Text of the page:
Henry Poole & Co

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Henry Poole & Co
Private
IndustryRetailer
FoundedLondon, England (1806)
HeadquartersLondon, England
Key people
James Poole, Founder
Angus Cundey, Owner
Simon Cundey, Director
ProductsClothing, Fashion
Websitewww.henrypoole.com
Henry Poole & Co on Savile Row, London (2014)
Customers examine the wares of Henry Poole and Co. in their 18th century showroom on Savile Row (1944)
A view of the workroom at Henry Poole and Co., showing tailors at work on various types of jacket, including a naval officer's jacket, second from right on the rear row. The men are all sitting on the workbenches. (1944)
The model David Gandy wearing a bespoke suit by Henry Poole & Co (2014)

Henry Poole & Co is a bespoke tailor located at №15 Savile Row in London. The company made the first modern-style dinner jacket based on specifications that the Prince of Wales (later Edward VII) gave the company in the 1880s. The company advertises its long relationship with the British Royal Family.

History[edit]

The business opened first in Brunswick Square, in 1806, originally specializing in military tailoring, with particular merit at the time of the Battle of Waterloo. Their business moved to Savile Row in 1846, following the death of founder James Poole. Henry Poole ran the business until his death in 1876, and was succeeded by cousin Samuel Cundey, whose legacy continued, for five generations, to the present-day owners Angus Cundey and son Simon.

The company still holds many royal warrants of appointment, and services the Lord Chamberlain's office with court dress, with their livery department even creating uniforms for the 200th anniversary of the Battle of Trafalgar. The company are also credited with the creation of the dinner suit. In 2006, the company celebrated their bicentennial with a refurbishment of their premises and 2007 saw a re-issue of a suiting material made famous by Winston Churchill, a Henry Poole customer who ordered his first suit 100 years ago.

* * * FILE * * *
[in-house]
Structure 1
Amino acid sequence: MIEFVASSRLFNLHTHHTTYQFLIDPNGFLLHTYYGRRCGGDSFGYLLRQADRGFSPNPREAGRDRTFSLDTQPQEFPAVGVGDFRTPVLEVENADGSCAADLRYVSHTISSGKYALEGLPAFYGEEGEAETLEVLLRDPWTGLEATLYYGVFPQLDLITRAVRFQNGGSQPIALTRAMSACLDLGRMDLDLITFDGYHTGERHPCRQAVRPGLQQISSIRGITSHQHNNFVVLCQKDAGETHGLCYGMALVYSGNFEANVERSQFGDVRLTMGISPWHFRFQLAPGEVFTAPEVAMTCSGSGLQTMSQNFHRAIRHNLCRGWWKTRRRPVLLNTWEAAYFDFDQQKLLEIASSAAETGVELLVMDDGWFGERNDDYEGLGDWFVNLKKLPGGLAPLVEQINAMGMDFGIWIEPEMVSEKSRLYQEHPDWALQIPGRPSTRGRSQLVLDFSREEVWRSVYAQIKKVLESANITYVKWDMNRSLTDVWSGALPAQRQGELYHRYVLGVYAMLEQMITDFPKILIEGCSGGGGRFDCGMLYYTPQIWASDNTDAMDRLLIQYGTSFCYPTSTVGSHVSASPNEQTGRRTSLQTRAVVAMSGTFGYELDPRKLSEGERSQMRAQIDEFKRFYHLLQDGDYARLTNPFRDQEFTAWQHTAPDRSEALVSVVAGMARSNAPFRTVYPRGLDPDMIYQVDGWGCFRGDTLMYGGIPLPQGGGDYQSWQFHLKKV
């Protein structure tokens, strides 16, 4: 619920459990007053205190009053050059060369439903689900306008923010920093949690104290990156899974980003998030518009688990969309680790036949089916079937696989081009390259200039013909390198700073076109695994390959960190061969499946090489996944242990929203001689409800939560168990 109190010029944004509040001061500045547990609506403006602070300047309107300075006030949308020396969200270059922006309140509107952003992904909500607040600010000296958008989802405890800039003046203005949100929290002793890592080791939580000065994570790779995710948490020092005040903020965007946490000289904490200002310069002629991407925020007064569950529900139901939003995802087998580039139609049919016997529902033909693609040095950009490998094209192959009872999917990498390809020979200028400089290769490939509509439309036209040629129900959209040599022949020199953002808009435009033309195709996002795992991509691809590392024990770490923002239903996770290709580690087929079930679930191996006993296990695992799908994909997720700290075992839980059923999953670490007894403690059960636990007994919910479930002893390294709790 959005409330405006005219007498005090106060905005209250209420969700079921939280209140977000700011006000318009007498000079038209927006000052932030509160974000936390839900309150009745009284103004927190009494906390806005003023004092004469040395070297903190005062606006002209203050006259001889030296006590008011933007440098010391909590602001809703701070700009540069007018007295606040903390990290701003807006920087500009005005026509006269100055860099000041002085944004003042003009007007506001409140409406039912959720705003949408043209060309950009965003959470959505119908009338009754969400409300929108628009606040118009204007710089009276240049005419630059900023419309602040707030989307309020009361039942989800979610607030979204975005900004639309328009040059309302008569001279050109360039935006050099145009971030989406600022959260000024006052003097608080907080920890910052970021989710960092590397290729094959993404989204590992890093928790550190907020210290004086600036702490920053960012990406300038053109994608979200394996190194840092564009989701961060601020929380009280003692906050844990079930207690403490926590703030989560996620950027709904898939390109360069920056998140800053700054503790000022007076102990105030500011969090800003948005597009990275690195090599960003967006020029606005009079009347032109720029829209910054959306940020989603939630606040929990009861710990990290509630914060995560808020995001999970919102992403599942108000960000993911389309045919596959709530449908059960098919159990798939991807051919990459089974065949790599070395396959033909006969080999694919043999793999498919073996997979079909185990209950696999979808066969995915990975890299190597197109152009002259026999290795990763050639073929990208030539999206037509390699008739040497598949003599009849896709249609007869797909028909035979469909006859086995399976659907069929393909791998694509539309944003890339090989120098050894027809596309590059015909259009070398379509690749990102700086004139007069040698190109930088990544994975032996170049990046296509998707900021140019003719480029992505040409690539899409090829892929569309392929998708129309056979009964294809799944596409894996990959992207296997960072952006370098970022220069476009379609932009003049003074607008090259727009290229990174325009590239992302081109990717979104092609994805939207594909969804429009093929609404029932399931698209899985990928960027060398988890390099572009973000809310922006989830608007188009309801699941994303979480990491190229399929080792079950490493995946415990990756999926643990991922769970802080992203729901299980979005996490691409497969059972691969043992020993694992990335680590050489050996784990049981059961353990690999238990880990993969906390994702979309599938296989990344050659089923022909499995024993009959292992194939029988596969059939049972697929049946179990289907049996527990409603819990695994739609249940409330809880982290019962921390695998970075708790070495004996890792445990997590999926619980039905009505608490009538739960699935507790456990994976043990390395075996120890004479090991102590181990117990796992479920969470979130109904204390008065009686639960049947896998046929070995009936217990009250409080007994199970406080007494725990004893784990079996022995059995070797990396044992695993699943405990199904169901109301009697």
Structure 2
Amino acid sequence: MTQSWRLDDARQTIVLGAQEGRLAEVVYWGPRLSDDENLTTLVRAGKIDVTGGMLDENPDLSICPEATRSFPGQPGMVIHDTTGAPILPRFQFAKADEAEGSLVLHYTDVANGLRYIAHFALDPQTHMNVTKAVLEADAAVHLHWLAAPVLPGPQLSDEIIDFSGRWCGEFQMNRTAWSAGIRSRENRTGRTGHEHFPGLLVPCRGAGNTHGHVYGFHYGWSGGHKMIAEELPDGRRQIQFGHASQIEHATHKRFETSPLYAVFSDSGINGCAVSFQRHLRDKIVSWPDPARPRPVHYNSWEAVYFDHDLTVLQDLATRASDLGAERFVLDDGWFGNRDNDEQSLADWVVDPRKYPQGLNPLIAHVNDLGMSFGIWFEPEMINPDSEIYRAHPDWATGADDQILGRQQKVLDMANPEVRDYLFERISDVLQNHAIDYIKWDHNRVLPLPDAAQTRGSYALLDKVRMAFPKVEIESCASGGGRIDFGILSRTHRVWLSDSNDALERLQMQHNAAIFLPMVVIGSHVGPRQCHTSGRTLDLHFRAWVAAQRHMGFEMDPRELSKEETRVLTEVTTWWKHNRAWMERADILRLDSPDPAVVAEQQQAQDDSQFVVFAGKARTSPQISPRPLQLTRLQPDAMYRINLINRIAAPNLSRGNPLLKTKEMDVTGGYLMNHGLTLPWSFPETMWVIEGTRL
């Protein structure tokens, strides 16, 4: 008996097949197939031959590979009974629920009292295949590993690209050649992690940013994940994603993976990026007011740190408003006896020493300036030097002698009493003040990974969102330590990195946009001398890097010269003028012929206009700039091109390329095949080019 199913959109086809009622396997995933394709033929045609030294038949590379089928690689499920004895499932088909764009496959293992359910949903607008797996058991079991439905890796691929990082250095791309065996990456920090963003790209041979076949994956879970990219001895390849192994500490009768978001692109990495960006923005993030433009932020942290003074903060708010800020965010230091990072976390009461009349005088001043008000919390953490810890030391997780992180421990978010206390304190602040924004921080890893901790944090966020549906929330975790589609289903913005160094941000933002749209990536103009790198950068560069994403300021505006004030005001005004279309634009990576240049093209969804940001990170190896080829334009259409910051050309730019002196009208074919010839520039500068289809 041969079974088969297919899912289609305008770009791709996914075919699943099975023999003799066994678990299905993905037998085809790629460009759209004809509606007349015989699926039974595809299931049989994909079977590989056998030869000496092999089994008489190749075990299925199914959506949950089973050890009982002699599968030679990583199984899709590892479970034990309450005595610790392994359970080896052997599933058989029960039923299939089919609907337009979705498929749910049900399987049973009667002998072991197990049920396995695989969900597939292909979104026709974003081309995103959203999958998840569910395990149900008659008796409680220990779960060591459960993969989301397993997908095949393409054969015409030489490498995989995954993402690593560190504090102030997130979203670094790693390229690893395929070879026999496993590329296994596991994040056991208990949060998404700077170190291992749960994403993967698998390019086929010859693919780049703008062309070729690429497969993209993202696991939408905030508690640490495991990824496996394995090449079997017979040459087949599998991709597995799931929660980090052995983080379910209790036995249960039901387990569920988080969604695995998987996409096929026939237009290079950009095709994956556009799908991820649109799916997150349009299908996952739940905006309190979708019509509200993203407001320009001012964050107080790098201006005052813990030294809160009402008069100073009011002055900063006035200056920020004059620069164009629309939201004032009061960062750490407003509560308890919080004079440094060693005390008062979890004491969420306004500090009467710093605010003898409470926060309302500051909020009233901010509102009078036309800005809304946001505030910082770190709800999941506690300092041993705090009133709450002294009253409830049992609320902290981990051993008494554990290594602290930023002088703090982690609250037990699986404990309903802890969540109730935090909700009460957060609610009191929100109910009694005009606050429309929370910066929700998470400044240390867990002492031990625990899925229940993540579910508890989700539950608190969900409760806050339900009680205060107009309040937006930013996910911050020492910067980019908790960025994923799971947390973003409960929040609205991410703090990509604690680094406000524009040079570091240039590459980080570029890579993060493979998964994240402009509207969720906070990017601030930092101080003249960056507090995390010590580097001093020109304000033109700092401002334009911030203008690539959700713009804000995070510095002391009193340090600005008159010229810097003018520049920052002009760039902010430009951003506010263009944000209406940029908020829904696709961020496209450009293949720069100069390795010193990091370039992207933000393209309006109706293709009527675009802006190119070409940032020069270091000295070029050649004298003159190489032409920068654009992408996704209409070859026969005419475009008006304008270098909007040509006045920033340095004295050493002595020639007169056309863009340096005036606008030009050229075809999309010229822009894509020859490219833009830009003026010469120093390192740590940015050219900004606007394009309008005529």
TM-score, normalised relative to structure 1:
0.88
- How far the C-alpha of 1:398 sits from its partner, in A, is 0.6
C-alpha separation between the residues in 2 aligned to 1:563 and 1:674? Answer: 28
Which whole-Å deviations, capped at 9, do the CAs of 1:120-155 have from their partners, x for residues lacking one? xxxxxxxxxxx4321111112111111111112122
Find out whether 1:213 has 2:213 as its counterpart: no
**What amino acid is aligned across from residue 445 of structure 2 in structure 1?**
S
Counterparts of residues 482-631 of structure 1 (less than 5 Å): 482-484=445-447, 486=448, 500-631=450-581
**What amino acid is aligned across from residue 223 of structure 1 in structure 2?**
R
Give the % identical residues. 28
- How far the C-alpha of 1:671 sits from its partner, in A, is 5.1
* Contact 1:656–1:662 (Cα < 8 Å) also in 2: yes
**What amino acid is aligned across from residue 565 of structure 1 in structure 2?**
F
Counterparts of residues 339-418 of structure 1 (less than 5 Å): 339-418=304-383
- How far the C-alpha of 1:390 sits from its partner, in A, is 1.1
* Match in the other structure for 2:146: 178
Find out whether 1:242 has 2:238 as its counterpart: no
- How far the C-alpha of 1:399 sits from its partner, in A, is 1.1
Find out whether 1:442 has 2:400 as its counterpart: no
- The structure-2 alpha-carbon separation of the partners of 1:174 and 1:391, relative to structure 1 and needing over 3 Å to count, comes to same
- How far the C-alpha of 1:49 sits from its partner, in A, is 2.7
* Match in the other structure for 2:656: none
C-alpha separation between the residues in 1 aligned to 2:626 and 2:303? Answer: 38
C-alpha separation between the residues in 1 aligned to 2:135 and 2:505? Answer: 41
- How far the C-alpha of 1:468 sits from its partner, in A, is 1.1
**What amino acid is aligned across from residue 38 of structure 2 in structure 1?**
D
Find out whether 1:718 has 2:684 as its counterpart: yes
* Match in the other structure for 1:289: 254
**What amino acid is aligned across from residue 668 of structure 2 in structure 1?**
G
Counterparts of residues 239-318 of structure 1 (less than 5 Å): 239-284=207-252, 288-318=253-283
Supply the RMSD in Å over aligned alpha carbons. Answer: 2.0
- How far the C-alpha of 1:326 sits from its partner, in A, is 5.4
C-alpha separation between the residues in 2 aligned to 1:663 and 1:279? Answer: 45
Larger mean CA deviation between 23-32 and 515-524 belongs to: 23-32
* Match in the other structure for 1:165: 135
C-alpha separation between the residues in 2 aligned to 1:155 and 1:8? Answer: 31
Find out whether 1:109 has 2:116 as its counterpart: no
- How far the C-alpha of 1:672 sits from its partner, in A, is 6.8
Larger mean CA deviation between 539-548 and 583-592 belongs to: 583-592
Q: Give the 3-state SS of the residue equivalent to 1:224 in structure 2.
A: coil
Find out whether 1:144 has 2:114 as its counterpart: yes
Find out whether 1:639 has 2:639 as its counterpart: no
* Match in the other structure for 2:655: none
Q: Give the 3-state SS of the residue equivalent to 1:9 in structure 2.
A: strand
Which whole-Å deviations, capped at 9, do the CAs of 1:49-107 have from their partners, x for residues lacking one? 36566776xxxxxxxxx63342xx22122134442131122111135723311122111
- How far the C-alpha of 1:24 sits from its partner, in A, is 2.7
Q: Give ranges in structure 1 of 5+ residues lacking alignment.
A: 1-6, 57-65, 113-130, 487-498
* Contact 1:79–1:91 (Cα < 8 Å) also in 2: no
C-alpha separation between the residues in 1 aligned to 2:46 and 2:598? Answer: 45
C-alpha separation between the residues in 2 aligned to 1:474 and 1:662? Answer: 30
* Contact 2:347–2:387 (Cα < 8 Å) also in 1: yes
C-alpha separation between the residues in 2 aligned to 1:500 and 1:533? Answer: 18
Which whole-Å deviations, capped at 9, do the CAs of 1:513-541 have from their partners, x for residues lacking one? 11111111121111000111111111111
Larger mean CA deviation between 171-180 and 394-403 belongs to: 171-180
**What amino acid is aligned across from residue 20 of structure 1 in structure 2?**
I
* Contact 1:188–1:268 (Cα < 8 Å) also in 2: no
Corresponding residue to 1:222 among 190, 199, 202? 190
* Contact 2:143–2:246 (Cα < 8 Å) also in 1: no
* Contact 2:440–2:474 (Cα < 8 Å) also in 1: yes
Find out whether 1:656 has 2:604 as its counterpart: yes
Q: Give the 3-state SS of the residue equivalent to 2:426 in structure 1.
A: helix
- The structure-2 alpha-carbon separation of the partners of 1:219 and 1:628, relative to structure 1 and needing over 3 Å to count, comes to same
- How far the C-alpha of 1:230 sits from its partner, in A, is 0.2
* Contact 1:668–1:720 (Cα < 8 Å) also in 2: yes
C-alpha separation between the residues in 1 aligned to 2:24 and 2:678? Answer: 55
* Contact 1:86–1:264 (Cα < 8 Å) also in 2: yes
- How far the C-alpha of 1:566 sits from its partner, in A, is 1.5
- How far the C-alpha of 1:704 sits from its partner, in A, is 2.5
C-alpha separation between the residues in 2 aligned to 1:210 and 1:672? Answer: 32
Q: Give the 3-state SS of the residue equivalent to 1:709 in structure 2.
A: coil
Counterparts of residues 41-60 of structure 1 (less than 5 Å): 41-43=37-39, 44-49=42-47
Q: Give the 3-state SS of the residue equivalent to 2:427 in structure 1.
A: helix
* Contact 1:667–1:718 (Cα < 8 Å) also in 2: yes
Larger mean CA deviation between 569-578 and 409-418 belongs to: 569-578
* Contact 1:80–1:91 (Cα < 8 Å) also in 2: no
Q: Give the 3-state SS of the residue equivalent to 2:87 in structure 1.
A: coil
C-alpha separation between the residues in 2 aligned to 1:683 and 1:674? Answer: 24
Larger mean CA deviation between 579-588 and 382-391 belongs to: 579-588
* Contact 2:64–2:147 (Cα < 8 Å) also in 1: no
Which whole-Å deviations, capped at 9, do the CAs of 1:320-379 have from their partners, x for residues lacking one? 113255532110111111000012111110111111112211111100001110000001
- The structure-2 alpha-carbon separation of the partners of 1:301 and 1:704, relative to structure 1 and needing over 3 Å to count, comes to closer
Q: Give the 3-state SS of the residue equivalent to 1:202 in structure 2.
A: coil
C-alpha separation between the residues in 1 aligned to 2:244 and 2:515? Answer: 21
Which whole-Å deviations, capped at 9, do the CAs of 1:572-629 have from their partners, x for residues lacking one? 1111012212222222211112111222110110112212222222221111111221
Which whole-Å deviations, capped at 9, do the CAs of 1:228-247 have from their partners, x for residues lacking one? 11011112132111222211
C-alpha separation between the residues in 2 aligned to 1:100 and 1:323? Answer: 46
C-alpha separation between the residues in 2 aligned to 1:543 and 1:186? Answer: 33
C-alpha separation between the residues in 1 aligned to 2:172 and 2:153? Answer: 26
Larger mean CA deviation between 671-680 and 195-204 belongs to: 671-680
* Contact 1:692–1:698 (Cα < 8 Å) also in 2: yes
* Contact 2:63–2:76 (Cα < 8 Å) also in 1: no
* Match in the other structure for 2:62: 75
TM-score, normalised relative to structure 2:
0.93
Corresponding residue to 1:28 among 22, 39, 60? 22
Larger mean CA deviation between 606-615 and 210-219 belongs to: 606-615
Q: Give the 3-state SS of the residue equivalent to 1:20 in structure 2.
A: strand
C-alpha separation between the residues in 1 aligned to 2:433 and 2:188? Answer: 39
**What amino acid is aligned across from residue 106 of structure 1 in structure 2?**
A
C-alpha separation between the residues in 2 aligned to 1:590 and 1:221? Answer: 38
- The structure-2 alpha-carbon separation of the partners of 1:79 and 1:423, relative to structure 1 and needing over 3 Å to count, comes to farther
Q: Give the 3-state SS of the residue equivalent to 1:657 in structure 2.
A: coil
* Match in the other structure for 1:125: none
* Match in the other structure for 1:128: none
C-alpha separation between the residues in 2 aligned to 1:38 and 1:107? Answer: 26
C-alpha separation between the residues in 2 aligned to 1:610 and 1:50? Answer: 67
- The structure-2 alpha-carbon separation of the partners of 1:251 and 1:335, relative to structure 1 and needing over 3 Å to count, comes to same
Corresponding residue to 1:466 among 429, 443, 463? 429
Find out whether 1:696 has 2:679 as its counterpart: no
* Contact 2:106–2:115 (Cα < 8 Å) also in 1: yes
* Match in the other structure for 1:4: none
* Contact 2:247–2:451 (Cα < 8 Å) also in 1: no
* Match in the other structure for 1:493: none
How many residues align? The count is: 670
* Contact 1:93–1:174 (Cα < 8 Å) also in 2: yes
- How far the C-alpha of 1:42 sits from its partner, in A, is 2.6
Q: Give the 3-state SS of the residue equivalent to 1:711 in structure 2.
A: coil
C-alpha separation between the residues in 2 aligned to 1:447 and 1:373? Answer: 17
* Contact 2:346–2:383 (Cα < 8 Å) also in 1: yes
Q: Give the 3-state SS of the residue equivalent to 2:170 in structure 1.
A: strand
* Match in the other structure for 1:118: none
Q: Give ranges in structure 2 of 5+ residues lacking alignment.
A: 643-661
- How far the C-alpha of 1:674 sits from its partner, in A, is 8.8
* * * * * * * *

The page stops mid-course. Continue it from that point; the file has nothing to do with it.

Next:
The Dinner Suit[edit]

In 1860, Henry Poole made a short evening or smoking jacket for the Prince of Wales to wear at informal dinner parties at Sandringham. In 1886, a Mr. James Potter of Tuxedo Park, New York, visited London and subsequently was invited by the Prince to spend a weekend at Sandringham House. He was also advised that he could have a smoking jacket made by the Prince’s tailors, Henry Poole & Co.

When the Potters returned to New York, Mr. Potter proudly wore his new smoking jacket at the Tuxedo Club and fellow members soon started having copies made for themselves which they adopted as their informal uniform for club "stag" dinners. As a result, the dinner jacket became known as a tuxedo or tux in America.[1]

Warrants[edit]

Henry Poole has had customers who belonged to royalty and the highest aristocracy. Amongst the many customers who issued official warrants or were regulars were:

See also[edit]

References[edit]

  1. ^ "The Henry Poole Story: The Tuxedo". Henry Poole and Co. Archived 2008-05-10 at the Wayback Machine

Further reading[edit]

  • Stephen Howarth: Henry Poole: Founders of Savile Row - The Making of a Legend. Godalming: Bene Factum, 2003. ISBN 978-1-903071-06-9

External links[edit]

Coordinates: 51°30′40.09″N 0°8′25.9″W / 51.5111361°N 0.140528°W / 51.5111361; -0.140528